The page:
Buxter Hoot’n: BUXTER HOOT’N

Buxter Hoot'n Album Cover, courtesy sideways media
Sideways Media/Courtesy
With their self-titled album, the oddly-named Buxter Hoot’n have burst out of the finger-pluckin’ country-esque mold and have matured into a multifaceted style. Combining sensual melodies, screeching electric guitar solos, twangy harmonica and everything in between, the San Francisco group have evolved their sound to include electric swells and slow-building ballads while still adhering to their Southern roots.

Buxter Hoot’n have in no way changed their rustic Americana style in an extravagant way. The bangin’ banjos, bluesy violins and old-west vocals are all present and accounted for. The only difference now is that the Bay Area band has explored more aspects that expand their range beyond gritty folk twangs. The crisp, sometimes funky riffs that guitarist Ben Andrews throws down on electric guitar flow smoothly with the group’s aforementioned Southern vibes. The vocals of Vince Dewald and Melissa Merrill work well on their own, but their harmonies stand out as they sing their soulful lines. Tracks like “Mariel” and “Blue Night” showcase all of these new styles as they build from quiet croons to powerful refrains.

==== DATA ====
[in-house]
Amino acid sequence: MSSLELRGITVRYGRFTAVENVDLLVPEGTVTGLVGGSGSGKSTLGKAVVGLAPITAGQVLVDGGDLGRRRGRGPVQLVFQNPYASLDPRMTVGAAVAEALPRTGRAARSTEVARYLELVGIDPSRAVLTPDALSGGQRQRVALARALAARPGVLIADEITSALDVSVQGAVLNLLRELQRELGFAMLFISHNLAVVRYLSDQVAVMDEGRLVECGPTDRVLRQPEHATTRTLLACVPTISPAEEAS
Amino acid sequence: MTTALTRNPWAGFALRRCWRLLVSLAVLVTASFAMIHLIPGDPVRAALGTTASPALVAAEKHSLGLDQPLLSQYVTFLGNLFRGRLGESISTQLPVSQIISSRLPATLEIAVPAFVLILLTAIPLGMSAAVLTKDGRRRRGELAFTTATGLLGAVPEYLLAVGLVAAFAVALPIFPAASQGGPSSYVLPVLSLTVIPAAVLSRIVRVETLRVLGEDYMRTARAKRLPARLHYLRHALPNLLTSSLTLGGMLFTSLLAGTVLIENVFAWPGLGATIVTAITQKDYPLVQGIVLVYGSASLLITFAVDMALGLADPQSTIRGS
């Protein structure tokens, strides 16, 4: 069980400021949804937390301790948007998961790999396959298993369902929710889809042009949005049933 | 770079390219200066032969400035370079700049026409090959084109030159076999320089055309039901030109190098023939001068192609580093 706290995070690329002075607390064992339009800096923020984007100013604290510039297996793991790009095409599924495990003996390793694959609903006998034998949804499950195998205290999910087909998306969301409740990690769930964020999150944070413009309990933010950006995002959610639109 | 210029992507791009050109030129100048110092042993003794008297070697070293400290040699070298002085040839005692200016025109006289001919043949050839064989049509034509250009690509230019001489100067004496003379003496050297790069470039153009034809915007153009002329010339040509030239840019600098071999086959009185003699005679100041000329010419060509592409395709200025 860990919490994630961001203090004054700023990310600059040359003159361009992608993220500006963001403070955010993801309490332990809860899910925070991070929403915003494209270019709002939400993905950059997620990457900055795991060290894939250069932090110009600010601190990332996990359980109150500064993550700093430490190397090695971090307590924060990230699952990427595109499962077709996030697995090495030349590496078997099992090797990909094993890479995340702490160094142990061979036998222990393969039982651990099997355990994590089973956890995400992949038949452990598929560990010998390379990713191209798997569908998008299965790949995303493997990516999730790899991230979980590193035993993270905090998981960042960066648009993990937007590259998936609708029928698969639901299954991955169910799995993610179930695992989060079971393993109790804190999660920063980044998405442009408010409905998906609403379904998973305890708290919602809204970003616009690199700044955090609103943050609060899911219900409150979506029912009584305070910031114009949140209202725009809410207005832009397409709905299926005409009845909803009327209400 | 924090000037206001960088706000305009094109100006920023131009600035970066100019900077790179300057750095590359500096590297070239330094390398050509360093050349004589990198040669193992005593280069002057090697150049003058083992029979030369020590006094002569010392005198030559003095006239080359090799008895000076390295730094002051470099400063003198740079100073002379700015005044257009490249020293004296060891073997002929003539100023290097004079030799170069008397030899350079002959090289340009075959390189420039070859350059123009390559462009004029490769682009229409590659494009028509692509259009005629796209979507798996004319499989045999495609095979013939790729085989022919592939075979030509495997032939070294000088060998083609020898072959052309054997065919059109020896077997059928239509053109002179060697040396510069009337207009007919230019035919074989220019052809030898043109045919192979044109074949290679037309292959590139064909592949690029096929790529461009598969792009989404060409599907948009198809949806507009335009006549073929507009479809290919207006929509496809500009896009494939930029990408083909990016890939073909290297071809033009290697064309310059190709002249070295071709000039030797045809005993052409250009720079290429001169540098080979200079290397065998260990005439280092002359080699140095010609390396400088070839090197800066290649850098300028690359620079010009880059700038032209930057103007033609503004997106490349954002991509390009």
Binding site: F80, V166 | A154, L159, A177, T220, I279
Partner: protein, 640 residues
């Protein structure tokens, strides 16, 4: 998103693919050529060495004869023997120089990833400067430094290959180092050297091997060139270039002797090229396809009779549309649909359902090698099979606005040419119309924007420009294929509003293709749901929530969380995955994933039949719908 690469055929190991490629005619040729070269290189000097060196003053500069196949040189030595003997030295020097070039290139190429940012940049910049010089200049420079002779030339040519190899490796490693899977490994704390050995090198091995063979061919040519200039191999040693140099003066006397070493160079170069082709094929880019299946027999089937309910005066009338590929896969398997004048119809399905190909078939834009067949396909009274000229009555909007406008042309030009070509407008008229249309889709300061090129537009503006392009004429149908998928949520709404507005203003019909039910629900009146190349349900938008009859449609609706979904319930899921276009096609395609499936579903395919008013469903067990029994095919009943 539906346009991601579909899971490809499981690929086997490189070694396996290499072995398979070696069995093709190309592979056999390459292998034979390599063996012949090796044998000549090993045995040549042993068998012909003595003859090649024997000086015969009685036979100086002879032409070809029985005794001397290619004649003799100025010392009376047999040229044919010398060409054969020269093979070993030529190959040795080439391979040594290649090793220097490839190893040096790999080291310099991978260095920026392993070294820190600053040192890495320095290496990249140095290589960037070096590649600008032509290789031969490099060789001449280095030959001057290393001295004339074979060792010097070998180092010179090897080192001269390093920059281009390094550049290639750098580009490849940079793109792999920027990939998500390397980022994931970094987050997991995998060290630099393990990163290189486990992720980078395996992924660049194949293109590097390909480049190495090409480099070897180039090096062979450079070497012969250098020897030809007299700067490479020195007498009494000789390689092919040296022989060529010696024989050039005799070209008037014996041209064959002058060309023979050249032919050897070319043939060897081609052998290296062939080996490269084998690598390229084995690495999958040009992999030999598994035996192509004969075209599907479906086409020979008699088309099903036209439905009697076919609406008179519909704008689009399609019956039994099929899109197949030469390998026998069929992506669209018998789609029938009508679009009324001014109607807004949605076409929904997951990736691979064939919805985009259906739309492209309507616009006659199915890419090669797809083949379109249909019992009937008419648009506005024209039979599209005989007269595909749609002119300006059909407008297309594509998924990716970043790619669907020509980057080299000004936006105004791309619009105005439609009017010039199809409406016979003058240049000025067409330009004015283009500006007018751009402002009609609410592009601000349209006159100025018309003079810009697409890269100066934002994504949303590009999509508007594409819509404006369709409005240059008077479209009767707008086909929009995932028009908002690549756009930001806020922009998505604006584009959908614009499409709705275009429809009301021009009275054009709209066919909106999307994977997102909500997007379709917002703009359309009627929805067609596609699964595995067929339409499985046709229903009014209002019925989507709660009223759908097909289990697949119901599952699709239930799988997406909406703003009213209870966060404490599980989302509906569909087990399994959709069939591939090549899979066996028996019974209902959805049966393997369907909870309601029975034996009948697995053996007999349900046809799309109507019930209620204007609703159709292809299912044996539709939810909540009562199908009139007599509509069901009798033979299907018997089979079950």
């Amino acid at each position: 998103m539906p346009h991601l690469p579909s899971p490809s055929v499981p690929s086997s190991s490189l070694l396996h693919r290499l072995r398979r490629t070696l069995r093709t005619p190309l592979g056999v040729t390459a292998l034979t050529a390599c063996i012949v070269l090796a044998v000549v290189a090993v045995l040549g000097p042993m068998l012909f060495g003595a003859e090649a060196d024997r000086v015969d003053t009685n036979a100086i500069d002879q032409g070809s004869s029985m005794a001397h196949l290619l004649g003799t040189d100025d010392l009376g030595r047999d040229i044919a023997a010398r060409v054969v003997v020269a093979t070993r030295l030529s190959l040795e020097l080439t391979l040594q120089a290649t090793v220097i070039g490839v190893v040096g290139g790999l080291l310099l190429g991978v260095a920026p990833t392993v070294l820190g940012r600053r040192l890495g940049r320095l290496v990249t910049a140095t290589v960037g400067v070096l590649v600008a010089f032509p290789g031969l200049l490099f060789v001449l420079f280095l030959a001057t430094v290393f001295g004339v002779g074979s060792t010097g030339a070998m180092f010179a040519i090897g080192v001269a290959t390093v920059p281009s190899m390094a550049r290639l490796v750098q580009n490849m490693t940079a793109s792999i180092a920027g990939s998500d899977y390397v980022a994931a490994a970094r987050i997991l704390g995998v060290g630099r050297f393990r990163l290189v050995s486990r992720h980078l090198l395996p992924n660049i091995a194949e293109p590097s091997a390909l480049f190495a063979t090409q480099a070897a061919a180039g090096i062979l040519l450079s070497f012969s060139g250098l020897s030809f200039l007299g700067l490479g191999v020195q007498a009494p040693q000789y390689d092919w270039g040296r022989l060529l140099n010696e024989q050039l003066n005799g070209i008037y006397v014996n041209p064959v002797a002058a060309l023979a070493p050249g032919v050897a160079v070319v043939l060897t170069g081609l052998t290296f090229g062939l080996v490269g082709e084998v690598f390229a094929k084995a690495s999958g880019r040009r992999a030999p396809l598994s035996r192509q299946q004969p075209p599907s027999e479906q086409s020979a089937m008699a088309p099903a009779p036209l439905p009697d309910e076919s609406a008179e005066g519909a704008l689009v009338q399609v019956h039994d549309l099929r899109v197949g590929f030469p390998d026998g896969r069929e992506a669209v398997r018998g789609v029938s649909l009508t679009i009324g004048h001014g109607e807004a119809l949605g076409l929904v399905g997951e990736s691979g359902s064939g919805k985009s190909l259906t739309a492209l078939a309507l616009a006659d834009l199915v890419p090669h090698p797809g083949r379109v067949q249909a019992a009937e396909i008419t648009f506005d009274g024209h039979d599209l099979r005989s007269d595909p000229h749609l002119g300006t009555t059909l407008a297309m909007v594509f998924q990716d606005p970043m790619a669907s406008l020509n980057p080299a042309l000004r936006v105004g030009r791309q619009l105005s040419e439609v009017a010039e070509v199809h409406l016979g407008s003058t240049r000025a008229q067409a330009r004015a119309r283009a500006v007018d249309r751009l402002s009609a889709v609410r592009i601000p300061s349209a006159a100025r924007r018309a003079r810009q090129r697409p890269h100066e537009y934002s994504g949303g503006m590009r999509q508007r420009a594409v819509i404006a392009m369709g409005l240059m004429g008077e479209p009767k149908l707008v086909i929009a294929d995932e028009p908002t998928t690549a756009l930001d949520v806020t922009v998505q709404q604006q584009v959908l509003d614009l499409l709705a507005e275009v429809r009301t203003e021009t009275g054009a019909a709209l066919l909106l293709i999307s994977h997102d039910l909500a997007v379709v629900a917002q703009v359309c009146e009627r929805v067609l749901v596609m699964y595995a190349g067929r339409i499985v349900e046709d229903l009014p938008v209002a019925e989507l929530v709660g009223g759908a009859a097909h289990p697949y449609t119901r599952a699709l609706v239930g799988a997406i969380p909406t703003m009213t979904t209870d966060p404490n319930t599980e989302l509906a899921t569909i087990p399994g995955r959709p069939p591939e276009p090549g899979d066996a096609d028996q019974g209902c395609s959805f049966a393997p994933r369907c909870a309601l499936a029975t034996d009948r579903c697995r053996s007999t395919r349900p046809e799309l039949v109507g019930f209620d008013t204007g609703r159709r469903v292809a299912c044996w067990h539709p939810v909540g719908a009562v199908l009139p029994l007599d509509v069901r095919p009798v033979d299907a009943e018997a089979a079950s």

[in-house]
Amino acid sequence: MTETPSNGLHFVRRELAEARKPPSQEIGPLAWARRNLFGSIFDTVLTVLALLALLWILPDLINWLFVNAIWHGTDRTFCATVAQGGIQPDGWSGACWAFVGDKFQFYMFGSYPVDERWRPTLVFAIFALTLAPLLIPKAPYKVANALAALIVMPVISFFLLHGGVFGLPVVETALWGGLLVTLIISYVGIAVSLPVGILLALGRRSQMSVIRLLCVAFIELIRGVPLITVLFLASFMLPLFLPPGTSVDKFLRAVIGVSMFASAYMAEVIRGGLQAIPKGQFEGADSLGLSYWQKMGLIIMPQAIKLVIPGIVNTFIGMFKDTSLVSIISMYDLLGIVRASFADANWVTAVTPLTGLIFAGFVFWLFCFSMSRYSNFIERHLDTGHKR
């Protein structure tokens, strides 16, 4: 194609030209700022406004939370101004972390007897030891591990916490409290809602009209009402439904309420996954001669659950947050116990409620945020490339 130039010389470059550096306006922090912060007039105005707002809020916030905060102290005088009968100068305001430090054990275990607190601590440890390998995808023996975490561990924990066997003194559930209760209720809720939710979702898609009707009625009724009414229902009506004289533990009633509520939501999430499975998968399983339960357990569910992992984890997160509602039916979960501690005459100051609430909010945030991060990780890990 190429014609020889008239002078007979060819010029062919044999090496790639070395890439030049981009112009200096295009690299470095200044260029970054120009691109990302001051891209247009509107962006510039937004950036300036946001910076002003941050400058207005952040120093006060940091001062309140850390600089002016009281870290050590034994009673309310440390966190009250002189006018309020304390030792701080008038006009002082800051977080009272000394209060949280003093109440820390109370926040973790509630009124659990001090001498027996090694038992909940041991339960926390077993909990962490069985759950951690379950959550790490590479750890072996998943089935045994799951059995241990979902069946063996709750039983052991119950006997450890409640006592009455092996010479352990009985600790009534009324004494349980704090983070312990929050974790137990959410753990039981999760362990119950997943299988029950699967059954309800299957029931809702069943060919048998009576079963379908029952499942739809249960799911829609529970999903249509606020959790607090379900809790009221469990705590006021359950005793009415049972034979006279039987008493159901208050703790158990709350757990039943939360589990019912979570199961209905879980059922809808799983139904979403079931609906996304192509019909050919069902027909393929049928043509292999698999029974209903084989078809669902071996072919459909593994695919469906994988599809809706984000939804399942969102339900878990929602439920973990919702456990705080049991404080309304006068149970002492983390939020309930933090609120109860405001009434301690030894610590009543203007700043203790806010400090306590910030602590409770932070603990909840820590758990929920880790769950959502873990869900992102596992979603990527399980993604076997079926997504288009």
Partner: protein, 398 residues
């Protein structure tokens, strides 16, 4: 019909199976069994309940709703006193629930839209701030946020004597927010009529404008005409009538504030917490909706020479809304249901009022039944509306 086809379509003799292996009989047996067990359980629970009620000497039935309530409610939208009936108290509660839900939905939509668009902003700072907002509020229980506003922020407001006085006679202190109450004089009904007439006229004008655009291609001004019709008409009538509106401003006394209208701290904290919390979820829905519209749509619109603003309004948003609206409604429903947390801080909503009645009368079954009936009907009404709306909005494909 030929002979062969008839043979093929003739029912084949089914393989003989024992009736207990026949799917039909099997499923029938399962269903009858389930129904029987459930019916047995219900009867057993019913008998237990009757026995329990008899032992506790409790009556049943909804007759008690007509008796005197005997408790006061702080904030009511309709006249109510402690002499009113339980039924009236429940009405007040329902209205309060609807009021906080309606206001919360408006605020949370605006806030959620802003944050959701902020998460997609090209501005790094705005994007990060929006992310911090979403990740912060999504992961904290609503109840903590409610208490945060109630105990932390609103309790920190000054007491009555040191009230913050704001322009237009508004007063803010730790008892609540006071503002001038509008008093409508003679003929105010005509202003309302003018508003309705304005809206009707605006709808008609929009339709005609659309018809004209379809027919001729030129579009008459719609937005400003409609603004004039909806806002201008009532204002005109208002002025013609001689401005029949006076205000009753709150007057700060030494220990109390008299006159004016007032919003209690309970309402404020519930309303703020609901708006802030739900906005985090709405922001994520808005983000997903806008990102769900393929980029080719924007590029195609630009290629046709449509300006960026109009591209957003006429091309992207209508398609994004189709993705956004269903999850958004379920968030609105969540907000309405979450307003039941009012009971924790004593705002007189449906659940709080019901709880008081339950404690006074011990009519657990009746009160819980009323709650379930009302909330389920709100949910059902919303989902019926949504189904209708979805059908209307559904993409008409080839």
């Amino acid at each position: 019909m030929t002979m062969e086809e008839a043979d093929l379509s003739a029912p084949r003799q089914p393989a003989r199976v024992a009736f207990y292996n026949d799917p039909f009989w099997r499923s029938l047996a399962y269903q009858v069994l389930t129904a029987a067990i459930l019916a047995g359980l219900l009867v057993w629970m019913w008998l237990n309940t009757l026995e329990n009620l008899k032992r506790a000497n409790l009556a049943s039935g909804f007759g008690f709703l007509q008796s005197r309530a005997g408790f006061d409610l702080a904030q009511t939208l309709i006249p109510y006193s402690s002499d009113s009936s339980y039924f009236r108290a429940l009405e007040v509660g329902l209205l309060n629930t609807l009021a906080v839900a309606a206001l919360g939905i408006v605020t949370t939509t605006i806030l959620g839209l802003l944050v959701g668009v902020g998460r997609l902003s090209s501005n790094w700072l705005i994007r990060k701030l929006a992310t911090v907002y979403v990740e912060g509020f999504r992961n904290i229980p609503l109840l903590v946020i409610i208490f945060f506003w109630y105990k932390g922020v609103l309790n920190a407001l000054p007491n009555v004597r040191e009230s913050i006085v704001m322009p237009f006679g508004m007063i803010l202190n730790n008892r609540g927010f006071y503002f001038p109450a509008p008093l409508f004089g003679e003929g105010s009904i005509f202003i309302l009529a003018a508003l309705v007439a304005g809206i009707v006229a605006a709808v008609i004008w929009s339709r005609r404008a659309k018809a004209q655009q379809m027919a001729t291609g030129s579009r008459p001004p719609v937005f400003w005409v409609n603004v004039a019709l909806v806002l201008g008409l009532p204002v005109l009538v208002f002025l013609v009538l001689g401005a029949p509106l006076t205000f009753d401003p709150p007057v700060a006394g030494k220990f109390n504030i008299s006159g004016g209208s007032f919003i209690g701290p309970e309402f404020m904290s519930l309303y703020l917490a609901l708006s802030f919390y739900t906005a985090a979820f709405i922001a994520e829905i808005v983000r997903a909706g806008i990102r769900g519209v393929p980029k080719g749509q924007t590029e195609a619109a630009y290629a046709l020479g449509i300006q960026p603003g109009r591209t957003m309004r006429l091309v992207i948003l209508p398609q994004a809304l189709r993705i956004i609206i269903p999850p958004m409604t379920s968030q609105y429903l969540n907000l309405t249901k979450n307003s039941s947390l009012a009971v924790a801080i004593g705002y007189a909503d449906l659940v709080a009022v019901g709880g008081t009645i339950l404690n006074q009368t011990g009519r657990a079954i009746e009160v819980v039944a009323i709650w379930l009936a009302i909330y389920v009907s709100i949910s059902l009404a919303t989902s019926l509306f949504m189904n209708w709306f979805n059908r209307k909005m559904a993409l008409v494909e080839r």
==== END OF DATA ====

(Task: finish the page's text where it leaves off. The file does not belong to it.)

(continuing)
Just when the album lulls you into a bluesy groove, the group temporarily retreats back to its country roots. The simple melodies and lyrics bring the album down from the high points of the opening tracks to a melancholy droll. Going further into the record, however, Buxter Hoot’n continue to experiment with new styles. Andrews’ violin evokes a foreign, almost Middle-Eastern tune as the guitar strums elegantly away in the background. This musical exploration justifies Buxter Hoot’n as more than just a local country band. While not every track exudes originality, the S.F. five-piece’s latest effort is a stellar, refreshing album to go along with summer adventures from the bay to the backwoods.